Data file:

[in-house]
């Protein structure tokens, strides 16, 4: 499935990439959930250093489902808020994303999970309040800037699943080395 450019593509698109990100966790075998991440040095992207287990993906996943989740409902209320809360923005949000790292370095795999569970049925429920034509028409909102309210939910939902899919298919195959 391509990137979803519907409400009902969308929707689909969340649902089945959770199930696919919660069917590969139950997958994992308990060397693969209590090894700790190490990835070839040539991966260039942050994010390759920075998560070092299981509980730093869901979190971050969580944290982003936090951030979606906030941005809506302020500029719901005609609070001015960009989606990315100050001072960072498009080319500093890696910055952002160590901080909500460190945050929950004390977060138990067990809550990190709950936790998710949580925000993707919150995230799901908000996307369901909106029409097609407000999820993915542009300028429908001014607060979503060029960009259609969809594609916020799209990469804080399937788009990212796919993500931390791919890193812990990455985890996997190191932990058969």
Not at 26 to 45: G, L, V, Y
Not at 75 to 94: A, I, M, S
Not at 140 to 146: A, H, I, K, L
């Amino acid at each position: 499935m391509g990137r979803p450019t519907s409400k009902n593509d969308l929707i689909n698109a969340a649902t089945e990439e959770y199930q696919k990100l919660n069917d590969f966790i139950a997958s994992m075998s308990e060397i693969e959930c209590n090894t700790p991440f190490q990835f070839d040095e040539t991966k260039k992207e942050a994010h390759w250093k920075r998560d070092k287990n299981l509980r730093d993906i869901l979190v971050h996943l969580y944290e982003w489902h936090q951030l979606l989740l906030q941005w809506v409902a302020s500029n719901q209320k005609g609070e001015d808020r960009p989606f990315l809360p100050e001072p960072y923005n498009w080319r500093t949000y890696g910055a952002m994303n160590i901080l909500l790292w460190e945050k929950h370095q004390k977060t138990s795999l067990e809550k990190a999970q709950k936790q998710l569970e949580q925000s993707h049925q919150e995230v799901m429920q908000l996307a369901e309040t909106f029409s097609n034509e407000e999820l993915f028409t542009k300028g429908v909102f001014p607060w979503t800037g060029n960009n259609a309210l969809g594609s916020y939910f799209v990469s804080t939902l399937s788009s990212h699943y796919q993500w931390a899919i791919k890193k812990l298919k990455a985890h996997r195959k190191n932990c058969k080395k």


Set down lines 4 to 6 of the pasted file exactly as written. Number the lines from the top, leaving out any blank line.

Not at 75 to 94: A, I, M, S
Not at 140 to 146: A, H, I, K, L
């Amino acid at each position: 499935m391509g990137r979803p450019t519907s409400k009902n593509d969308l929707i689909n698109a969340a649902t089945e990439e959770y199930q696919k990100l919660n069917d590969f966790i139950a997958s994992m075998s308990e060397i693969e959930c209590n090894t700790p991440f190490q990835f070839d040095e040539t991966k260039k992207e942050a994010h390759w250093k920075r998560d070092k287990n299981l509980r730093d993906i869901l979190v971050h996943l969580y944290e982003w489902h936090q951030l979606l989740l906030q941005w809506v409902a302020s500029n719901q209320k005609g609070e001015d808020r960009p989606f990315l809360p100050e001072p960072y923005n498009w080319r500093t949000y890696g910055a952002m994303n160590i901080l909500l790292w460190e945050k929950h370095q004390k977060t138990s795999l067990e809550k990190a999970q709950k936790q998710l569970e949580q925000s993707h049925q919150e995230v799901m429920q908000l996307a369901e309040t909106f029409s097609n034509e407000e999820l993915f028409t542009k300028g429908v909102f001014p607060w979503t800037g060029n960009n259609a309210l969809g594609s916020y939910f799209v990469s804080t939902l399937s788009s990212h699943y796919q993500w931390a899919i791919k890193k812990l298919k990455a985890h996997r195959k190191n932990c058969k080395k």